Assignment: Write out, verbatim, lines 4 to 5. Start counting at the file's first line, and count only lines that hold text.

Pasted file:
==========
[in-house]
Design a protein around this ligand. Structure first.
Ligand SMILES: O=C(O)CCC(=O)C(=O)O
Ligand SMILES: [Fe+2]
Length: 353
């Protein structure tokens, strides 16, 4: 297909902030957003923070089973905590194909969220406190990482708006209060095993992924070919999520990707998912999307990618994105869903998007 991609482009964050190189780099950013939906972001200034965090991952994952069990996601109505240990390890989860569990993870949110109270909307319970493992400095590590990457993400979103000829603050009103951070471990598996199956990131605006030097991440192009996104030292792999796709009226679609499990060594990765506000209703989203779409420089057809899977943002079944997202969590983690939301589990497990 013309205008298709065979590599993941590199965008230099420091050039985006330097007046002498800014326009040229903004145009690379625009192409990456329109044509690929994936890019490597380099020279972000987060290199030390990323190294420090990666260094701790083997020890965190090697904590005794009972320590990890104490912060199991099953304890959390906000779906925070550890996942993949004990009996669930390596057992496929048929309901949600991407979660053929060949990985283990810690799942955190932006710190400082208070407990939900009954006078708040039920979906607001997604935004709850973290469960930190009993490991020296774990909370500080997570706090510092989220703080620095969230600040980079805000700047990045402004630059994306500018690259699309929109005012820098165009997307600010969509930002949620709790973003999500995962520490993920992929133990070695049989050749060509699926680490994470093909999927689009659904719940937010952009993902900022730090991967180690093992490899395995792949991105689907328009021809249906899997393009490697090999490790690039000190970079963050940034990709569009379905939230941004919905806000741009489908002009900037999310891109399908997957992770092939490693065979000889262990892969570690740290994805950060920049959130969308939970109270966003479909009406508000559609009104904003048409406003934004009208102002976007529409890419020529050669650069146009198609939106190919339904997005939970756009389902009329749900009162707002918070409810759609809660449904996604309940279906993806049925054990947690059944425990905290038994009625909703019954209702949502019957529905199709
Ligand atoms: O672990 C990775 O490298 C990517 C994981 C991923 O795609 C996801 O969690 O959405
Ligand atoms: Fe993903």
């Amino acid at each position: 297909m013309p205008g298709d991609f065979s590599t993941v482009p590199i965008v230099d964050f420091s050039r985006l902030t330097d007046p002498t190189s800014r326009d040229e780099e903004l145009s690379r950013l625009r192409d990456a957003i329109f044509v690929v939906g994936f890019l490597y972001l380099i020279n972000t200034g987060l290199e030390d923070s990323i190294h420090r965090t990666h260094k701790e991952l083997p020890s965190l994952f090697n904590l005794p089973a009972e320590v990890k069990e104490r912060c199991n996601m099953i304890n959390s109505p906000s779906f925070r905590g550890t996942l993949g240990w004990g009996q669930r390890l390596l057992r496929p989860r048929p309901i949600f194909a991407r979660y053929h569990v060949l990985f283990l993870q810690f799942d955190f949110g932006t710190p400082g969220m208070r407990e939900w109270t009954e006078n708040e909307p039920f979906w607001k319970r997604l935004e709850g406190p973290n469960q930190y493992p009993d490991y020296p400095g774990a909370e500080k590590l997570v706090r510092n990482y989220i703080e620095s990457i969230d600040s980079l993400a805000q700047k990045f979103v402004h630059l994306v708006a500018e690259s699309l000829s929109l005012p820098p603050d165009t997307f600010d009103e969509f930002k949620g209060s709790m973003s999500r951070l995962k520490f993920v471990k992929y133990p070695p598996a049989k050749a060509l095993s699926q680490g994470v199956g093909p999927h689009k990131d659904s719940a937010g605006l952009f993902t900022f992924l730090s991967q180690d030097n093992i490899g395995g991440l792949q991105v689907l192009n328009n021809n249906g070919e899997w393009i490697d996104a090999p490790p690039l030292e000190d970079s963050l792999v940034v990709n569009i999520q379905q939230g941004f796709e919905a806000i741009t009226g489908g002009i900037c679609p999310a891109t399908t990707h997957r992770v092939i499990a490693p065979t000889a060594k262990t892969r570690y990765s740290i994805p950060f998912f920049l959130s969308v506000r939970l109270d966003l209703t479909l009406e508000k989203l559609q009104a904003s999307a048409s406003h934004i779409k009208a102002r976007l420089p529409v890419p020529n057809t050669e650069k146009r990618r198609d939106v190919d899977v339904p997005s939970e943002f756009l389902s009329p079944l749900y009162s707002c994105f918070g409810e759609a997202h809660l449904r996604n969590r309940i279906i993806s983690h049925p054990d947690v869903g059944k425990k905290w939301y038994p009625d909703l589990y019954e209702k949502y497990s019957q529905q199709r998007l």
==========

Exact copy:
Ligand SMILES: [Fe+2]
Length: 353